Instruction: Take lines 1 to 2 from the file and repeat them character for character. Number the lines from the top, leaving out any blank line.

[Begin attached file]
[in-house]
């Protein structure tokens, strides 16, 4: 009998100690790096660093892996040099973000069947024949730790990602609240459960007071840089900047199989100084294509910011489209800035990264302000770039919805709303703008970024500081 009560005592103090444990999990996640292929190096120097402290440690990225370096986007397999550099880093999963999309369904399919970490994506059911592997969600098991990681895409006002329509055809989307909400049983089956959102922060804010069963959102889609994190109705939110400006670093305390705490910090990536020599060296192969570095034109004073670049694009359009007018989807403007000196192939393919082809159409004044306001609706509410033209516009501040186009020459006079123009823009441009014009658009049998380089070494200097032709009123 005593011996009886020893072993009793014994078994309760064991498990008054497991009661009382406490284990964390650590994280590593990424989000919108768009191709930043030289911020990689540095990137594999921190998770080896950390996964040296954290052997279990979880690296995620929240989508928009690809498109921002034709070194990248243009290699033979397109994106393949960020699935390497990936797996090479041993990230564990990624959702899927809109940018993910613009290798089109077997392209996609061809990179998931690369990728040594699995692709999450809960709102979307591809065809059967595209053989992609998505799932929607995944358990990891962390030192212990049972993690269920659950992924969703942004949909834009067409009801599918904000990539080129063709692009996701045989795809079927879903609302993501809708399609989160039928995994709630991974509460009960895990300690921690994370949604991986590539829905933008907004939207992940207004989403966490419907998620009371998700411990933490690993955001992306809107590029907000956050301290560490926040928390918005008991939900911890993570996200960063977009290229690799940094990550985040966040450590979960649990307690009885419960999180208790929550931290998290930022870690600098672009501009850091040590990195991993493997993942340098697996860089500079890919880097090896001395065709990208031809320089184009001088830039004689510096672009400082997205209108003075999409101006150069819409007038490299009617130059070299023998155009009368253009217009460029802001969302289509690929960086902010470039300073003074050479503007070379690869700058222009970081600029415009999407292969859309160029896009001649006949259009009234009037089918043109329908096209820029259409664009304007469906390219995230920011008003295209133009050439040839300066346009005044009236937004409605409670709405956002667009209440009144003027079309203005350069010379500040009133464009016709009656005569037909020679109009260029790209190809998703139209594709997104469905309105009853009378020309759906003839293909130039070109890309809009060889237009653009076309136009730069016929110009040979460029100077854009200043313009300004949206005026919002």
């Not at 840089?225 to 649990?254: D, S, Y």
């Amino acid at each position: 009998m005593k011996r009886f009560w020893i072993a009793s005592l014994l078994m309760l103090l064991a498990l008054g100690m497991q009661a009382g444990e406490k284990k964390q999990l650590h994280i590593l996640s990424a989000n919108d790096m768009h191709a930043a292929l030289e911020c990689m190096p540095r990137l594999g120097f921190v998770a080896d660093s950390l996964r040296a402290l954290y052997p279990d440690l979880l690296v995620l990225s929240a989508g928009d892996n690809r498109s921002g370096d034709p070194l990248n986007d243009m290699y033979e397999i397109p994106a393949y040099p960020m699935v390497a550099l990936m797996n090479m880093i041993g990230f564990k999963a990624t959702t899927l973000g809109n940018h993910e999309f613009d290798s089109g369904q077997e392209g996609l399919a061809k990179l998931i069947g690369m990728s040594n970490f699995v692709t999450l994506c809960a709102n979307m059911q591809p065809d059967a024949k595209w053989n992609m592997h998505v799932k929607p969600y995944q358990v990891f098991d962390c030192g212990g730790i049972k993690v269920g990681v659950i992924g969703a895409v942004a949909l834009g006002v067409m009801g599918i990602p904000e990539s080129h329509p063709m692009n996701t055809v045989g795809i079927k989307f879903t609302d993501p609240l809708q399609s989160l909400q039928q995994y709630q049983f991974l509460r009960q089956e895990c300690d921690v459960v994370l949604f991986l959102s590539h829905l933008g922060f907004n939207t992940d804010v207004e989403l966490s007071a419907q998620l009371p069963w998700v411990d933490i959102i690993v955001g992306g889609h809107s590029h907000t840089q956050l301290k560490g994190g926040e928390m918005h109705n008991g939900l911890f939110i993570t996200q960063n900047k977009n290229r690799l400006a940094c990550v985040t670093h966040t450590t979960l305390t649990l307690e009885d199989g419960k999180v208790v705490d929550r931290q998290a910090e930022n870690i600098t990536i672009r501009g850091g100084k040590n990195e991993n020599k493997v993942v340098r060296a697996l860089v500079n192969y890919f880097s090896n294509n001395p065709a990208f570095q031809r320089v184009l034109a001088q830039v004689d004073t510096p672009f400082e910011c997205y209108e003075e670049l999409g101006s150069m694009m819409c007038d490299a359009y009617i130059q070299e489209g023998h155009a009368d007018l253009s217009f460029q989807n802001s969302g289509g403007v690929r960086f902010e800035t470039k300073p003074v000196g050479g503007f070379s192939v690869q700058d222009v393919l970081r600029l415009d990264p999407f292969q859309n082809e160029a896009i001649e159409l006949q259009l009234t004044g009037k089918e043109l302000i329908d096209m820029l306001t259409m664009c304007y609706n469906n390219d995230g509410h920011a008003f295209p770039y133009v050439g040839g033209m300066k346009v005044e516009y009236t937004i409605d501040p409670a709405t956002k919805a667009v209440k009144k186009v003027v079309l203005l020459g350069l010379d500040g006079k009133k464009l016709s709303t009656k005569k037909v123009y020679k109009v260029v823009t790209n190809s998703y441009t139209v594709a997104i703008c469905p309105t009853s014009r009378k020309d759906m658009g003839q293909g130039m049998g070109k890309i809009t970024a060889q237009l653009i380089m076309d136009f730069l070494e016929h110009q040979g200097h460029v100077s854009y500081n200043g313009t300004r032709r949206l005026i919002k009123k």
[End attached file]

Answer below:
[in-house]
């Protein structure tokens, strides 16, 4: 009998100690790096660093892996040099973000069947024949730790990602609240459960007071840089900047199989100084294509910011489209800035990264302000770039919805709303703008970024500081 009560005592103090444990999990996640292929190096120097402290440690990225370096986007397999550099880093999963999309369904399919970490994506059911592997969600098991990681895409006002329509055809989307909400049983089956959102922060804010069963959102889609994190109705939110400006670093305390705490910090990536020599060296192969570095034109004073670049694009359009007018989807403007000196192939393919082809159409004044306001609706509410033209516009501040186009020459006079123009823009441009014009658009049998380089070494200097032709009123 005593011996009886020893072993009793014994078994309760064991498990008054497991009661009382406490284990964390650590994280590593990424989000919108768009191709930043030289911020990689540095990137594999921190998770080896950390996964040296954290052997279990979880690296995620929240989508928009690809498109921002034709070194990248243009290699033979397109994106393949960020699935390497990936797996090479041993990230564990990624959702899927809109940018993910613009290798089109077997392209996609061809990179998931690369990728040594699995692709999450809960709102979307591809065809059967595209053989992609998505799932929607995944358990990891962390030192212990049972993690269920659950992924969703942004949909834009067409009801599918904000990539080129063709692009996701045989795809079927879903609302993501809708399609989160039928995994709630991974509460009960895990300690921690994370949604991986590539829905933008907004939207992940207004989403966490419907998620009371998700411990933490690993955001992306809107590029907000956050301290560490926040928390918005008991939900911890993570996200960063977009290229690799940094990550985040966040450590979960649990307690009885419960999180208790929550931290998290930022870690600098672009501009850091040590990195991993493997993942340098697996860089500079890919880097090896001395065709990208031809320089184009001088830039004689510096672009400082997205209108003075999409101006150069819409007038490299009617130059070299023998155009009368253009217009460029802001969302289509690929960086902010470039300073003074050479503007070379690869700058222009970081600029415009999407292969859309160029896009001649006949259009009234009037089918043109329908096209820029259409664009304007469906390219995230920011008003295209133009050439040839300066346009005044009236937004409605409670709405956002667009209440009144003027079309203005350069010379500040009133464009016709009656005569037909020679109009260029790209190809998703139209594709997104469905309105009853009378020309759906003839293909130039070109890309809009060889237009653009076309136009730069016929110009040979460029100077854009200043313009300004949206005026919002």